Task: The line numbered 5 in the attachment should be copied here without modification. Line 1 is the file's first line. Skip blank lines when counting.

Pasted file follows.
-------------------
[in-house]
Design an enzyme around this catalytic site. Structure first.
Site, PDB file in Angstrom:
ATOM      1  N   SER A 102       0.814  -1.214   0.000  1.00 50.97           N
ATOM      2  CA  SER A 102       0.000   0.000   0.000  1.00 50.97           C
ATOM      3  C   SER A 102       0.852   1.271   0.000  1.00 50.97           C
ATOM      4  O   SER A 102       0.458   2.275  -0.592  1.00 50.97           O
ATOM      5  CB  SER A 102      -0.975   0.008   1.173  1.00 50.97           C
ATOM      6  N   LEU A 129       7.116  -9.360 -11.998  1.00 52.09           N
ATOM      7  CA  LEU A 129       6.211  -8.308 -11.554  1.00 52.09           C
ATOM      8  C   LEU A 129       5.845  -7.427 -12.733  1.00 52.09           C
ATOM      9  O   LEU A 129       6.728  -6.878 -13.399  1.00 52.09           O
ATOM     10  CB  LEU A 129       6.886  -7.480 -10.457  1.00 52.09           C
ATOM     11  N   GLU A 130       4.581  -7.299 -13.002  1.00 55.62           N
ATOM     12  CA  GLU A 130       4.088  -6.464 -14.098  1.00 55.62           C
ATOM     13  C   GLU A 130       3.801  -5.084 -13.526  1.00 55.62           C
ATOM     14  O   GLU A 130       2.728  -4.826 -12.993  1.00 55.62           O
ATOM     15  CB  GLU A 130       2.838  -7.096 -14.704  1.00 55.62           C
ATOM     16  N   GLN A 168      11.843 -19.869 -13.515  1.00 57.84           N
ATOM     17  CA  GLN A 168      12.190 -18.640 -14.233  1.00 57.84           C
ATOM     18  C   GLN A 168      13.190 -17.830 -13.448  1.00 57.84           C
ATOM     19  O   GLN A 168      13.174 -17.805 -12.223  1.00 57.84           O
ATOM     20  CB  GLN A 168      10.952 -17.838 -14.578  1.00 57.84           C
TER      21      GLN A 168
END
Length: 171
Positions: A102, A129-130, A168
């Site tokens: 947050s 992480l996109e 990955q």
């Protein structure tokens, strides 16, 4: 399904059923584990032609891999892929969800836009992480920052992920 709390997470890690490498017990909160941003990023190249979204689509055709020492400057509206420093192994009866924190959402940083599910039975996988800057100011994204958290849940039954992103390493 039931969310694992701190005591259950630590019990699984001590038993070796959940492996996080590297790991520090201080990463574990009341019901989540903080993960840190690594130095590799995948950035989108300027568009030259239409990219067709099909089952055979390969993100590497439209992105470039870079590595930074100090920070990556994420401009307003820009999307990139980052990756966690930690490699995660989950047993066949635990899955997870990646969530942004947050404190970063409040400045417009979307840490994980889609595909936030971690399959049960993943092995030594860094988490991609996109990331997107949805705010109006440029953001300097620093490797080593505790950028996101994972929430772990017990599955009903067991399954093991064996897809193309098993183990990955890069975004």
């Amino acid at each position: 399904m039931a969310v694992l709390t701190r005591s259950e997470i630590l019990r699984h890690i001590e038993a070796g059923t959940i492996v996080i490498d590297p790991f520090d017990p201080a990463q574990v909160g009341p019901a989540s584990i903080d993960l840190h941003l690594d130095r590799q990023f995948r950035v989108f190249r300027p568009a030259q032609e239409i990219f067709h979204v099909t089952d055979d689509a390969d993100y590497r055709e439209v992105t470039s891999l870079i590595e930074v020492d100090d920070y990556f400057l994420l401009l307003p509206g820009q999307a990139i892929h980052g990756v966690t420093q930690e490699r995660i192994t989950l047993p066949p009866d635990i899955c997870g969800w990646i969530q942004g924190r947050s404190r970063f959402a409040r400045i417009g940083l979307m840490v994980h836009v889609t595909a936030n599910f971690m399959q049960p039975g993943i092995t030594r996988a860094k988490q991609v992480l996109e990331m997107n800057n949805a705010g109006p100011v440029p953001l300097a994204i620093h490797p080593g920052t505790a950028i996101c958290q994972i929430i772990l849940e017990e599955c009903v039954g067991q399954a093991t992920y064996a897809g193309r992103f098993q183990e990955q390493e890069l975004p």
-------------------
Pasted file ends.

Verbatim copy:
ATOM      2  CA  SER A 102       0.000   0.000   0.000  1.00 50.97           C